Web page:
The best part of Milan Fashion Week every season is the sensation that you have truly left the real world behind and landed on a planet where it's normal for women to stand outside a fashion show wearing Batman masks and dresses made of feathers while walking a fleet of matching Afghan hounds. And no one bats an eye.
To think, one night you're checking into your flight at JFK, wearing sweatpants and a Justin Bieber concert T-shirt, and feeling like a complete slob when you realize that Carolina and Reinaldo Herrera are at the next counter (guess I'm not making the International Best Dressed List yet again). And the next afternoon you are dressed in Brunello Cucinelli cashmere as you maneuver between hairy dogs on the way into the Gucci show.
And what a sight that was to see. Alessandro Michele, Italy's hottest creative director of the present fashion week, has decorated a vast hangar in wall-to-wall carpeting, pink velvet seats and over 250,000 plastic square paillettes that hang like beaded curtains throughout the room. His collection began with a smoke machine effect, so smokey, in fact, that it was exceedingly difficult to make out the clothes that followed, but from what I could see they were very, very good. Michele's overt decorativism has played a huge role in the course of fashion over the last few seasons, and he is not ceding any ground on that front. It's fun just to pick out the items you imagine the street style stars will be wearing tomorrow: The zebra intarsia fur coat, or perhaps the version that depicted jellyfish trailing ruffled streamers. There were great enlarged versions of Gucci bags and cool sequined socks that looked attached to the heels they were worn with. Fairy princess dresses were made of sharply pleated metallics that became perversely transparent in all the wrong, or right, places.
Michele's collections tend to combine so many references and ideas that they suggest many things, in this case perhaps his summer vacation to Los Angeles, where celebrities have gone ga-ga for Gucci. One dress was finished with a ribbon belt with the word "Cemetery" across the waist. Only from behind did the words "Hollywood Forever" become visible, a connection to the fabled resting place of stars that is also a concert venue. Again, strange, but also cool. You can imagine Michele, who happens to be a big fan of costume design, dancing the night away with Jared Leto and Hari Nef on Adrian's grave.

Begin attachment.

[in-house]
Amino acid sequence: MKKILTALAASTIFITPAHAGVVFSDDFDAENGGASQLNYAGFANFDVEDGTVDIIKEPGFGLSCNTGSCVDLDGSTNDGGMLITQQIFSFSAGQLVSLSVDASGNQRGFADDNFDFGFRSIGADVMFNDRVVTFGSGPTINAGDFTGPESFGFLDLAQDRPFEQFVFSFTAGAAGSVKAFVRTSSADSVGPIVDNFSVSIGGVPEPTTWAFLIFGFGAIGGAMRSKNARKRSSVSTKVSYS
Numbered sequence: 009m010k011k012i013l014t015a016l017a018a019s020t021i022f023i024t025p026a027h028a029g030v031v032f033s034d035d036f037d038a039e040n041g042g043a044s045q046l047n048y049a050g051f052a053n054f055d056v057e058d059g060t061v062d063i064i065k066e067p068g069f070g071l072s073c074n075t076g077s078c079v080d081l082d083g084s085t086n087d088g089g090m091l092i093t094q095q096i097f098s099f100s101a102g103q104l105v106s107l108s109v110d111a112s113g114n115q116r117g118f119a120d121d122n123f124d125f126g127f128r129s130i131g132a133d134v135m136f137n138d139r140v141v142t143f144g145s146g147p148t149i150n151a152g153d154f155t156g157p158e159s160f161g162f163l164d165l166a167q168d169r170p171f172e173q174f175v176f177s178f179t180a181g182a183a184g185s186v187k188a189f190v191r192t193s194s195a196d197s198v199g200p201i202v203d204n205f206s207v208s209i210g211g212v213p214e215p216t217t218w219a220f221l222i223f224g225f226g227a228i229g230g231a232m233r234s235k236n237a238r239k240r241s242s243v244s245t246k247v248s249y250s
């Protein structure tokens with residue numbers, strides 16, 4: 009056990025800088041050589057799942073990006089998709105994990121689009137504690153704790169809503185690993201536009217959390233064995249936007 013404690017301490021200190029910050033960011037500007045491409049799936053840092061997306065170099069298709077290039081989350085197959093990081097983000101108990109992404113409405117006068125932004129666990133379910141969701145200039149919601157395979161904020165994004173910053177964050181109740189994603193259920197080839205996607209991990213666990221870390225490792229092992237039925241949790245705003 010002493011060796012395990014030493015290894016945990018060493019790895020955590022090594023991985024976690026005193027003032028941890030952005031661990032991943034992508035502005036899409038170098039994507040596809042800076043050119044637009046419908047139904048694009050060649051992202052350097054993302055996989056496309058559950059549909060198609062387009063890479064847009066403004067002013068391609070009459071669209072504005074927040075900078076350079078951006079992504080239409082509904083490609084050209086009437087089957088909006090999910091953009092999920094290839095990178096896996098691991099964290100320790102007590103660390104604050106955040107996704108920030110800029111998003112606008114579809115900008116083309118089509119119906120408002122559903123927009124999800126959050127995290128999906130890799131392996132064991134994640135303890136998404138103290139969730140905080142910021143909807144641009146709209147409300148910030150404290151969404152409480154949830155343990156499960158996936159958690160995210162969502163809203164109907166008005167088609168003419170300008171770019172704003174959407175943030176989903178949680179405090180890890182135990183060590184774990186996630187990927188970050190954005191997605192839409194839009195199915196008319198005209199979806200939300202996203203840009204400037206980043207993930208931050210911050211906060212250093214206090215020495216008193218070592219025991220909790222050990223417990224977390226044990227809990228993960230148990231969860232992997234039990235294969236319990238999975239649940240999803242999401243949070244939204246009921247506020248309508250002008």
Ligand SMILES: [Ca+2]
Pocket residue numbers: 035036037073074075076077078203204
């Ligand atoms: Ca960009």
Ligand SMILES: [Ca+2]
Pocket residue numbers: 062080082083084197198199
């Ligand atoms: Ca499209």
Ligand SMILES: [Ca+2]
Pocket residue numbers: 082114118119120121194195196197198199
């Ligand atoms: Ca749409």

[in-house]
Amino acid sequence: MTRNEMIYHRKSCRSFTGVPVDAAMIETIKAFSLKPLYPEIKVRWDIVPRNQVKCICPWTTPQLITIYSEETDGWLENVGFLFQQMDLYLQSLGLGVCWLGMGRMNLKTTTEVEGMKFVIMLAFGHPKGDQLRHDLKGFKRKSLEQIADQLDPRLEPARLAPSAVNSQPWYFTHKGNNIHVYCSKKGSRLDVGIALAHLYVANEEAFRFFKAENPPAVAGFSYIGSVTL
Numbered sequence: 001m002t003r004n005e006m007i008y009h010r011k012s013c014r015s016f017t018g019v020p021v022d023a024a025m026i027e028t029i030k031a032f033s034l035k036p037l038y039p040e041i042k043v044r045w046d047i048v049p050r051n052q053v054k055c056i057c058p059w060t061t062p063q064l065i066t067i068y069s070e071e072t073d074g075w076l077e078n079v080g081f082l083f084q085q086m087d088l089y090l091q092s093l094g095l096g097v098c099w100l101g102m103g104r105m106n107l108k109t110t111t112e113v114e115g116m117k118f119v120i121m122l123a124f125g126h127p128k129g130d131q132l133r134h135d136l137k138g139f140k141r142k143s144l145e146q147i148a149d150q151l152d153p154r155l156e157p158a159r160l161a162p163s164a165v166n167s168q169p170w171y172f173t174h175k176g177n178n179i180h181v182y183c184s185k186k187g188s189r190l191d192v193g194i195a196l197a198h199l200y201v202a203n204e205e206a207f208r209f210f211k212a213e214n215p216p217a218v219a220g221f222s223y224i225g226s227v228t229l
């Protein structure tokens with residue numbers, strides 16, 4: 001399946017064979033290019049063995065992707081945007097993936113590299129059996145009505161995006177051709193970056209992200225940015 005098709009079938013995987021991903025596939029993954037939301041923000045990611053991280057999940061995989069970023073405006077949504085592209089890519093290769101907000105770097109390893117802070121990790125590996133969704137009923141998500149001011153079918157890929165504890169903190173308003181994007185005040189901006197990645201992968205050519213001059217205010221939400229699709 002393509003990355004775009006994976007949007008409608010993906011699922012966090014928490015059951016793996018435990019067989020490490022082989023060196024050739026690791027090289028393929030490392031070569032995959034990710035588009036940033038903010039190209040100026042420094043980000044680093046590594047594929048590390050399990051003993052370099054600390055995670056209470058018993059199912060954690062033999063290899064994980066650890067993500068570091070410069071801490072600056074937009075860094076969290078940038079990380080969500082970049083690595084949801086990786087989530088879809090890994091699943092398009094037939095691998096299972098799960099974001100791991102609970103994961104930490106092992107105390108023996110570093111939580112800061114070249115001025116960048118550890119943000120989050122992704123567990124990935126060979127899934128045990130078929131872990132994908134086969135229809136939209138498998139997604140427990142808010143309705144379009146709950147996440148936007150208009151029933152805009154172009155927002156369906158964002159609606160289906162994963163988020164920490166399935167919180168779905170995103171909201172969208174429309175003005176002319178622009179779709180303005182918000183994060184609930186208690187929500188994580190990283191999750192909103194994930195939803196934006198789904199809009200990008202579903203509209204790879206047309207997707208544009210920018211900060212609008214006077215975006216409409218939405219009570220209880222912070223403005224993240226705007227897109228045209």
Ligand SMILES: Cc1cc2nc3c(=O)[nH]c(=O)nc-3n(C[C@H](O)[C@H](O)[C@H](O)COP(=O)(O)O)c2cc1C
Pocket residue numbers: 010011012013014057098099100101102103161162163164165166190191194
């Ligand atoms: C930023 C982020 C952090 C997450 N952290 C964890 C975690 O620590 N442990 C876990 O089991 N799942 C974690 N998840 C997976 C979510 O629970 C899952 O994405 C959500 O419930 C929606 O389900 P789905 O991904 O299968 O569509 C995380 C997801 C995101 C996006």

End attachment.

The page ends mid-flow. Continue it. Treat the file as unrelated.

Walking into the Roberto Cavalli show later that night, the oddities of Milan had become so expected that it barely registered when Ciara was giving a television interview at the door while wearing what appeared to be a metallic caftan. "Thirdly," she said, "you've always got to have a glam squad." I cannot be sure what the first two pieces of advice she was reciting might have been. I'm guessing one of them might have been to channel the ghost of Talitha Getty, since that's what this groovy collection by Peter Dundas appeared to be doing with fun pastel velvets and embroidered bell-bottoms for boys and girls. That's giving me ideas for what to wear on the flight home.